Buying a house is never easy for younger generations, no matter what decade it is. Home prices always seem too steep, mortgage rates too high, and their incomes too low to be able to easily buy a house.
However, the current market is possibly the most difficult for younger people to become homeowners, due to home prices, mortgage rates, and tremendous competition to buy the low number of homes for sale. So pointing to the claim that eating an occasional avocado toast (or spending on other minor splurges) is stopping them from becoming a homeowner is kind of tone-deaf.
But, you also can’t spend more money than you make on food, drinks, and fun times, and expect to be able to buy a house either. Most people need to make some sacrifices in order to save money and buy a house. But according to this recent Yahoo Finance article, a recent survey revealed that over 80% of Millennials and Gen Z claim they have gone into debt… just to hang out with friends who overspend.
The survey — which was conducted by Qualtrics on behalf of Intuit Credit Karma — found that the three largest expenses Millennials and Gen Z spent on in order to hang out with friends, were:
Going out to eat
“Nights out” and having drinks
Taking trips and vacations
The top reasons they gave for spending more money than they have were:
Not wanting to feel left out
Wanting to keep up with their friends’ lifestyle
Wanting to please their friend
Simply not knowing how to say “no”
Why Bother Sacrificing If It Is So Hard for Millennials and Gen Z to Buy?
When you hear so many people saying how difficult it is for Millennials and Gen Z to buy a house, it is easy to give up hope and just spend money on the things that give you some short-term, immediate joy. Why not at least hang out with friends and spend money on food, drinks, and fun?! You’re all in the same boat, right? But that is not necessarily true…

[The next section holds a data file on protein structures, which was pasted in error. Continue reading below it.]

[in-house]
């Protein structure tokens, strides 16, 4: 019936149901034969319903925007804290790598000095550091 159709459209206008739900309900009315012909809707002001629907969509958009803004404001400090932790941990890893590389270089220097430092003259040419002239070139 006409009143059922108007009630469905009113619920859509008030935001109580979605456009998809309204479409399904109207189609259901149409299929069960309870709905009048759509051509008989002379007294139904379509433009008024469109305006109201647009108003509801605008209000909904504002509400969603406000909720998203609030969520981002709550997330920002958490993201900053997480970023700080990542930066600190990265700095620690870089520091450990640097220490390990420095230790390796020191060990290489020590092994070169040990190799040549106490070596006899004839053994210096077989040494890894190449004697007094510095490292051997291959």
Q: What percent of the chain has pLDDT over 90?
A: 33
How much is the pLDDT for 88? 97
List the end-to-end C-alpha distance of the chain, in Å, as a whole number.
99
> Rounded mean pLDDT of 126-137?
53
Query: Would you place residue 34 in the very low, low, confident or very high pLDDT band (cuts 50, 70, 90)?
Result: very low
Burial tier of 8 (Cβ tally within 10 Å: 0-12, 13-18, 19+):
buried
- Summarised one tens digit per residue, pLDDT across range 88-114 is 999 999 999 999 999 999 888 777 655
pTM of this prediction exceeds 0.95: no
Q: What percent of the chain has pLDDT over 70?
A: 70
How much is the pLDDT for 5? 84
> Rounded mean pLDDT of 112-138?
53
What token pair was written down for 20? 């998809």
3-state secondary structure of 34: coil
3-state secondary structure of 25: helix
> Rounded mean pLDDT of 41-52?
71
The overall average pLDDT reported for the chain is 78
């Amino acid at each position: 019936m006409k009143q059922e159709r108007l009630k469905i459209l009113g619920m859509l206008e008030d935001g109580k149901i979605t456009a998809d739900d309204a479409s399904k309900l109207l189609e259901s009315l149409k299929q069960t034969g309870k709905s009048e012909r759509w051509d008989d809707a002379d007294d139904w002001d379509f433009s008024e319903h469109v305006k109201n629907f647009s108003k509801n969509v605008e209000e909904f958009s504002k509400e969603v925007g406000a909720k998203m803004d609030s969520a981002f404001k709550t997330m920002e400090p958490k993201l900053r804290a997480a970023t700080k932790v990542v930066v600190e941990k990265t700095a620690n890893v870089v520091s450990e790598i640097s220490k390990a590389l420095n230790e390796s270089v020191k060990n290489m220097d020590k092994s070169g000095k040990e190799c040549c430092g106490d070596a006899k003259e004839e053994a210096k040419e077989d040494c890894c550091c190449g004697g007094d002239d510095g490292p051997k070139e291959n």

According to recent data, nearly a third of Millennials and Gen Z own their own homes, so it is definitely possible to achieve! So what are they doing that the other two thirds of their peers aren’t?
You Don’t Necessarily Have to End Friendships…
The Qualtrics study mentioned above also found that 47% of Gen Z and 36% of Millennials consider ending friendships due to their friends’ spending habits. While it is hard to say whether those who say that are the same ones who go on to own a home, it’s interesting that it is a similar percentage to the number of young people who own their own homes.
Hanging out with like-minded people who have similar goals as you certainly doesn’t hurt. So if you want to buy a home, it might make sense for you to gravitate toward friends that are trying to save money, build good credit, and buy a home.
But it is also a shame to part ways with friends just because they are not necessarily as focused or determined as you to buy a house! You can’t put a price on good friends in life, and everyone is different. So rather than distancing yourself, or completely ending friendships with people who cause you to spend more money than you should, here are a few things you can do:
Share your hopes of owning a home with them. True friends will support your dreams and try not to get in your way.
Be a leader and encourage your friends to consider working toward owning one themselves. You might find that they also felt the same way and just needed to hear someone else was focused on doing so!
That said, homeownership isn’t for everyone, so be respectful of their feelings and don’t make them feel bad for not wanting to own a house… at least yet. If someone doesn’t feel responsible enough and prepared for it, then they should probably just rent or live at home with family until they’re ready.
Let your friends know you want to hang out, but that you need to be thoughtful about what you do, and how much money you’re spending. Be open about how much you budget for fun times so you can plan on doing things that don’t cost too much.
But if you try all of that and your friends are unreceptive, rude, or try to pressure you to spend carelessly and ignore your goals, then you might try to distance yourself or end the friendship. And always be on the lookout for friends who encourage you and help you achieve your goals, whether they have the same ones or not.
A recent survey reveals that over 80% of Millennials and Gen Z have incurred debt to keep up with their friends’ spending habits. Since many younger people feel like homeownership is so out of reach, it is often easier for them to spend money hanging out with friends, than it is to save money and build their credit in order to buy a house.
If you want to buy a house, be open with your friends about your goals, and establish boundaries and limits on what you can do and how much you can spend when spending time with them. You might just find that they felt the same way, and are glad to have a friend who also wants to watch their spending and save to buy a house!
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